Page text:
BOGOTA (Reuters) - The United States announced charges against 17 members of Colombia’s biggest criminal gang, Clan Usuga, on Tuesday for alleged involvement in drug trafficking and other crimes after a joint investigation with Colombian authorities.
Clan Usuga members have been sought by U.S. authorities for some time, and the State Department previously offered $5 million for information leading to the capture of its leader Dairo Antonio Usuga David, or “Otoniel.”
The charges brought by courts in New York and Miami accuse the gang members, including Otoniel, of conspiring to import more than 73 tonnes of cocaine into the United States between 2002 and 2015 and of using hitmen to murder, assault and kidnap.
Most of the 17 are still at large, the United States says.
“Your operatives will continue to be dismantled; they will be captured and your government, our ally in Colombia, will work with us to secure your extradition,” said Wifredo Ferrer, U.S. attorney for the Southern District of Florida, said in reference to the gang in an address at Bogota’s presidential palace.
Ferrer traveled to Colombia to announce the charges with Kelly Currie, acting U.S. attorney for the Eastern District of New York.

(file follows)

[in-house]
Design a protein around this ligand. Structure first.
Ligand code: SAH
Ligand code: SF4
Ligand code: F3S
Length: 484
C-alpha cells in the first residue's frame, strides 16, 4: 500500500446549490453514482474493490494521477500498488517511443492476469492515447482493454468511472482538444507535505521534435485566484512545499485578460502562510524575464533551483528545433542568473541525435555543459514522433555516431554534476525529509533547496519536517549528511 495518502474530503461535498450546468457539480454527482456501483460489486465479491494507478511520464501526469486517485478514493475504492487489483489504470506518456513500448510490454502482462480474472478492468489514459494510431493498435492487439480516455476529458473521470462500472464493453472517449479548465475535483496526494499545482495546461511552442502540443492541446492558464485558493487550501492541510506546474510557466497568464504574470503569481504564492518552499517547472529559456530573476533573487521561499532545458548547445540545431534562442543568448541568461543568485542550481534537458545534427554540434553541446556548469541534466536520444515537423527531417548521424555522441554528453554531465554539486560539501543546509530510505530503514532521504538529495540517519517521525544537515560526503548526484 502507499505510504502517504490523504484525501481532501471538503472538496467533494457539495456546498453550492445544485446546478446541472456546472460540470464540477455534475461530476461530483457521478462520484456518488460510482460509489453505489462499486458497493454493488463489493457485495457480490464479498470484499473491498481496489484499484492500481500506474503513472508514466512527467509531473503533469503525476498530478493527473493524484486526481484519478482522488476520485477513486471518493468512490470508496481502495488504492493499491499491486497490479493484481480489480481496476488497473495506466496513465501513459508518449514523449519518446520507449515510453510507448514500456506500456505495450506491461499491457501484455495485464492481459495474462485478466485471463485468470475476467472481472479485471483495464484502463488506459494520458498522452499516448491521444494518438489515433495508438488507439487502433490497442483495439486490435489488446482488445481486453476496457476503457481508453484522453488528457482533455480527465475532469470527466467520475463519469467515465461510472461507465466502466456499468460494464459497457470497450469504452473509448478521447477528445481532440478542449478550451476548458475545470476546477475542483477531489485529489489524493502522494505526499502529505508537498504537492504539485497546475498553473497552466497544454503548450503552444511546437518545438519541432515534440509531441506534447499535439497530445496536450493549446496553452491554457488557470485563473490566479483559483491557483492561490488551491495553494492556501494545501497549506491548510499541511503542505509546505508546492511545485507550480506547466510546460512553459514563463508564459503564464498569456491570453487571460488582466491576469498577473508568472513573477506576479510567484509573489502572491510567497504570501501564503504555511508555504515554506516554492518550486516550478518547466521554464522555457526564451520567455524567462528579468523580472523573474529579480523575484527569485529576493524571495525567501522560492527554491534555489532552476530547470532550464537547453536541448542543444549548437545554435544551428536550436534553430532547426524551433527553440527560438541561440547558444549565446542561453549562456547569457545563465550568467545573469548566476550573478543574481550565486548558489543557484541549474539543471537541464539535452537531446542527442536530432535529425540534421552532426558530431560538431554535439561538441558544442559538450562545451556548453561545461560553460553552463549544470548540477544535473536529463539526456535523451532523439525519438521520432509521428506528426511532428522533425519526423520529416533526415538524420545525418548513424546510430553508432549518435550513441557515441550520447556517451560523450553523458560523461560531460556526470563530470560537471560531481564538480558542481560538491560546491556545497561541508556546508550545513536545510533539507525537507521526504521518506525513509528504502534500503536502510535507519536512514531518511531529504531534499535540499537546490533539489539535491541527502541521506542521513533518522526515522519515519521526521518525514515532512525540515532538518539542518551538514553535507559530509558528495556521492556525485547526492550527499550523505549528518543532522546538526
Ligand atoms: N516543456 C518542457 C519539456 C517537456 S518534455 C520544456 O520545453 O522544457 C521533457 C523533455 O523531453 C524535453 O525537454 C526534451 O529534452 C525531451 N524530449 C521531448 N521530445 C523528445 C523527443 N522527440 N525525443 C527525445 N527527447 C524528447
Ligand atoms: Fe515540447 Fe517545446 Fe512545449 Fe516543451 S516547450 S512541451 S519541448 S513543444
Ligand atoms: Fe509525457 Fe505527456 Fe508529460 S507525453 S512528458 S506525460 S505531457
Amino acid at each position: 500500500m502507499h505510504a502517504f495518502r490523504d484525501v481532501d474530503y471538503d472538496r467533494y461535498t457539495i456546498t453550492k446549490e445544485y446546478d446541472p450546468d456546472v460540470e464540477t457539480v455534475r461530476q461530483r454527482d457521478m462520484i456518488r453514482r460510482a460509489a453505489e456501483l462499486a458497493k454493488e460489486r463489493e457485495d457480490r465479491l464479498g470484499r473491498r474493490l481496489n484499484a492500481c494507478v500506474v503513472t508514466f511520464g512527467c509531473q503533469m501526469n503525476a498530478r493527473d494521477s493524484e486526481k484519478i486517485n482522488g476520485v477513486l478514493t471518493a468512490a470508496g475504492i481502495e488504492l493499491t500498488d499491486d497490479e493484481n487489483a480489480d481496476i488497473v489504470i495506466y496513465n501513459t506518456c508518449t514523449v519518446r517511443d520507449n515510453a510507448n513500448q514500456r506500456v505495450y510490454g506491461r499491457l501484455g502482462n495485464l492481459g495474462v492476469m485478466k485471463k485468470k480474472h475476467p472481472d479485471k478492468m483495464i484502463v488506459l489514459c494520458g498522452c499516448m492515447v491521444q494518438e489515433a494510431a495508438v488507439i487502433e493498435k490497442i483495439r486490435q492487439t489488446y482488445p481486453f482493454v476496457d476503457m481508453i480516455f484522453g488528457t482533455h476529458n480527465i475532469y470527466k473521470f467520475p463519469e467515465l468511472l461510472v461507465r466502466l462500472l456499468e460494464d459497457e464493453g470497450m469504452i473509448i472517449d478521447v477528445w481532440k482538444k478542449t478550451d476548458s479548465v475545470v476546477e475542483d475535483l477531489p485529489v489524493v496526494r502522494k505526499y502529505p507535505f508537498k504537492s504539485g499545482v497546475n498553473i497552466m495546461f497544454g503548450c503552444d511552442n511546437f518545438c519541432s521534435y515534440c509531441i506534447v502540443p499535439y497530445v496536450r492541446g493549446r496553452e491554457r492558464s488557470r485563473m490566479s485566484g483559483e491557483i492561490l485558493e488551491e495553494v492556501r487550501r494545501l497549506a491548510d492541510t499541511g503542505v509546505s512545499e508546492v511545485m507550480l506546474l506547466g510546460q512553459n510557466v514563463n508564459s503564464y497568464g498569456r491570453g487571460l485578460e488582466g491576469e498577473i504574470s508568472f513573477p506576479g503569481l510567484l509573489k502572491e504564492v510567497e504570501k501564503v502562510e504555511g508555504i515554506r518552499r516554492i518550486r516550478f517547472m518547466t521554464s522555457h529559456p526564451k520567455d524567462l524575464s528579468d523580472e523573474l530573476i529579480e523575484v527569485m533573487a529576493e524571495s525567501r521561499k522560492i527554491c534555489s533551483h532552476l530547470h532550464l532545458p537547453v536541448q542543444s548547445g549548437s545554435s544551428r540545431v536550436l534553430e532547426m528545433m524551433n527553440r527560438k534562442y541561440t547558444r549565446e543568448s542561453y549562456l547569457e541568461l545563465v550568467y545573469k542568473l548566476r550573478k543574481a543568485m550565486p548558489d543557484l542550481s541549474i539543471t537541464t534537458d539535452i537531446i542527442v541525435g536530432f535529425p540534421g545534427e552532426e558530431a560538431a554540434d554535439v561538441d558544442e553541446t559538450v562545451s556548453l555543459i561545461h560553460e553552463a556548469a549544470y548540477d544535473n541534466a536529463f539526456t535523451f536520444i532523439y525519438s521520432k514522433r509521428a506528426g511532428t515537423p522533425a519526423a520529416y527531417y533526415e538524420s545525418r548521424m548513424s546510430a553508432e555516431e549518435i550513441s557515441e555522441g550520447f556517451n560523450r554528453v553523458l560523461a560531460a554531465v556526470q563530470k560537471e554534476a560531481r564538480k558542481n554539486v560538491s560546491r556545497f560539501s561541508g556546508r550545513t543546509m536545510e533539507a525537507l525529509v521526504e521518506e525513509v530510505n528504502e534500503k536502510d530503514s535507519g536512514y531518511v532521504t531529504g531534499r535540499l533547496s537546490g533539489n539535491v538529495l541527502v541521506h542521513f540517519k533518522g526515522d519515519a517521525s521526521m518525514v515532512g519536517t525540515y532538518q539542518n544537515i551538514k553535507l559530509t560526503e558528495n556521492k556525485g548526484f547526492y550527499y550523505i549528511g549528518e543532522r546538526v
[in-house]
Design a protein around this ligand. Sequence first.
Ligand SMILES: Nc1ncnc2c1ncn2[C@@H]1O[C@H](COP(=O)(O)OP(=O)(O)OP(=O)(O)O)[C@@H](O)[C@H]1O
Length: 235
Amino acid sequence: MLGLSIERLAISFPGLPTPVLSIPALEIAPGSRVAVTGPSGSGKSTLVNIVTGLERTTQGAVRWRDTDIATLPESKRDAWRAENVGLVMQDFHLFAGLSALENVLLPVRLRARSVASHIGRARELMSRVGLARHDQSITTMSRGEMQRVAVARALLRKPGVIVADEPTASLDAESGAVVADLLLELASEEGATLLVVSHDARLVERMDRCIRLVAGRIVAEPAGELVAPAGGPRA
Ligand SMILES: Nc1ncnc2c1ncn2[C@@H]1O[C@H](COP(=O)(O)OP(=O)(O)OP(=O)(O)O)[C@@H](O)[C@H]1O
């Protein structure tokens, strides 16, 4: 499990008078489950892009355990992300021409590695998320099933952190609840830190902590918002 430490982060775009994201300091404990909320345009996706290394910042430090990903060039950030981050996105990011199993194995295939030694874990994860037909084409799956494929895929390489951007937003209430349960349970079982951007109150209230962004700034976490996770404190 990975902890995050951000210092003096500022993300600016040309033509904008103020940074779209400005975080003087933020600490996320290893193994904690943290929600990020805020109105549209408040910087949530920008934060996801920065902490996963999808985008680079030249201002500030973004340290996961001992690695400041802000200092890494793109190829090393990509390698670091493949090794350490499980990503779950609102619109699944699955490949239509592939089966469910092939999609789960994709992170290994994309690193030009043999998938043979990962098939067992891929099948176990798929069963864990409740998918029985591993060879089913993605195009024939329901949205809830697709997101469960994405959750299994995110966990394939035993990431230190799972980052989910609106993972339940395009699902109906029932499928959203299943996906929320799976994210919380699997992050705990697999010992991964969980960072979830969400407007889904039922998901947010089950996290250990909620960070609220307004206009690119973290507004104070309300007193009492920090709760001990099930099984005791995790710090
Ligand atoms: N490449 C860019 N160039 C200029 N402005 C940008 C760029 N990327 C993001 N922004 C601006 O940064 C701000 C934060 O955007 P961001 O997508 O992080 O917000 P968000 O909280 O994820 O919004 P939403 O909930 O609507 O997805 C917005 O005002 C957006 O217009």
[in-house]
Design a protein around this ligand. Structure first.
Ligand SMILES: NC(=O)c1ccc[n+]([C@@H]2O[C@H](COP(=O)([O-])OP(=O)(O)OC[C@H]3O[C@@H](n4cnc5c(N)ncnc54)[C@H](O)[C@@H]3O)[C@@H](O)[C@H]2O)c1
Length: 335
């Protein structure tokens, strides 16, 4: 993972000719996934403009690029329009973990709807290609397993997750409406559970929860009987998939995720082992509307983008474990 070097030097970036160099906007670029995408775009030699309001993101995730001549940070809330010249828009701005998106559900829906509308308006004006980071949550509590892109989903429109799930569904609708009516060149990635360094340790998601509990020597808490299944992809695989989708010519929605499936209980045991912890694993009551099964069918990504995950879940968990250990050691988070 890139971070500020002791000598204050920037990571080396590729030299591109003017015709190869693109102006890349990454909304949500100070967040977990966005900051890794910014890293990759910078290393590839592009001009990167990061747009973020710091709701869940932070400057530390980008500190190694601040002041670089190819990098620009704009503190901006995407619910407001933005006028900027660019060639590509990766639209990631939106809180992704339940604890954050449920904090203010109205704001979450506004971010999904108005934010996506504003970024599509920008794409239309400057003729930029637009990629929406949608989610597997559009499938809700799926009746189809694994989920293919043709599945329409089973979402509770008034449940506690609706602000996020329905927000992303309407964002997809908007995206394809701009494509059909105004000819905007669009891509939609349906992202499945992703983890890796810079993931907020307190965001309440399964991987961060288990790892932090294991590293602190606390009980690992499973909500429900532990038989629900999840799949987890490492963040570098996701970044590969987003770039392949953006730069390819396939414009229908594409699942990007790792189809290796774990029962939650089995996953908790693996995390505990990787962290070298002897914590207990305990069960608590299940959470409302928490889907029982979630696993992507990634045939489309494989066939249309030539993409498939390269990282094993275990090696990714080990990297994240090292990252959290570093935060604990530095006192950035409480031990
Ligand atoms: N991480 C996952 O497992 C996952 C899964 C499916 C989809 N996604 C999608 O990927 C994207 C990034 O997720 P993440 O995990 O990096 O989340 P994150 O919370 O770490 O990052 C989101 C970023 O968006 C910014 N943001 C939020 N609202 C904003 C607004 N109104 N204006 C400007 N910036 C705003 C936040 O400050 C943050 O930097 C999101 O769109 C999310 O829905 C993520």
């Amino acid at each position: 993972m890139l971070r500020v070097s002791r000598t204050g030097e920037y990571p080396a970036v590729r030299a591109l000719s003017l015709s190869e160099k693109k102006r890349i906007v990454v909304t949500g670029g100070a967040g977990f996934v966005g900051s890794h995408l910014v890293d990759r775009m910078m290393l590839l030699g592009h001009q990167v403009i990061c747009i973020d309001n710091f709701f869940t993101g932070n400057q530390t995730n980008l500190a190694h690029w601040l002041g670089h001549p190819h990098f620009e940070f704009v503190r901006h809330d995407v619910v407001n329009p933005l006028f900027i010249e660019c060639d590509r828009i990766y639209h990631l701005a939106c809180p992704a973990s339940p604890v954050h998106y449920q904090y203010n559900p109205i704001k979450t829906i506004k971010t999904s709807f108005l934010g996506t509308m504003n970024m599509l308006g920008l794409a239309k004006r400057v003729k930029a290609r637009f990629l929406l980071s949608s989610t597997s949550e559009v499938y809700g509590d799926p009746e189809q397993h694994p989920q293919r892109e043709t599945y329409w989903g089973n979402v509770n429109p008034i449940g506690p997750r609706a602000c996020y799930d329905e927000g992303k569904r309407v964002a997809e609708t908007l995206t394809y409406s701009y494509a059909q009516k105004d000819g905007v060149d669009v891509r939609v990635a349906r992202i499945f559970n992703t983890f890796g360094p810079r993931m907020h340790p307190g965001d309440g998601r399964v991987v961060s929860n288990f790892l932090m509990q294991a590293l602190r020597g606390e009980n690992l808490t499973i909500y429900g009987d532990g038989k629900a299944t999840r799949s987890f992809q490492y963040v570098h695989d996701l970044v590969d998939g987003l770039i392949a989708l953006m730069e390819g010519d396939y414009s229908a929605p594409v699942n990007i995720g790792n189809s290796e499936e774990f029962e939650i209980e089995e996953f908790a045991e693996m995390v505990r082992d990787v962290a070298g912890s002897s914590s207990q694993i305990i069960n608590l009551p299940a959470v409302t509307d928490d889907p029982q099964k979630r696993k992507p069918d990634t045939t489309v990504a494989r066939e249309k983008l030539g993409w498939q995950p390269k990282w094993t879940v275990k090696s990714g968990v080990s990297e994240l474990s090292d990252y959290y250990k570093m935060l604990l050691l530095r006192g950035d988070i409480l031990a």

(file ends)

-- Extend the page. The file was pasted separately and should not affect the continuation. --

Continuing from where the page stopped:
President Juan Manuel Santos said the charges were brought as a result of several years of teamwork with U.S. authorities which he said had boosted the Andean country’s fight against criminal gangs.
“We will continue to act strongly against these criminals who poison our youth, who sow violence, who promote corruption not only in Colombia but across the world,” said Santos, thanking the United States for its assistance.
Colombia’s police estimates the Usuga clan has around 2,000 members.
Criminal gangs like the Usuga clan mushroomed out of Colombia’s botched dismantling of its paramilitary groups which formed in the 1980s to fight the country’s leftist rebel groups. They are heavily involved in drug trafficking and extortion.
The United States is a close ally of Colombia and has spent billions of dollars helping the country, a major cocaine producer, combat groups involved in trafficking drugs including the leftist FARC and ELN rebels it brands as terrorist groups.
Reporting by Peter Murphy and Luis Jaime Acosta; Writing by Peter Murphy; Editing by Cynthia Osterman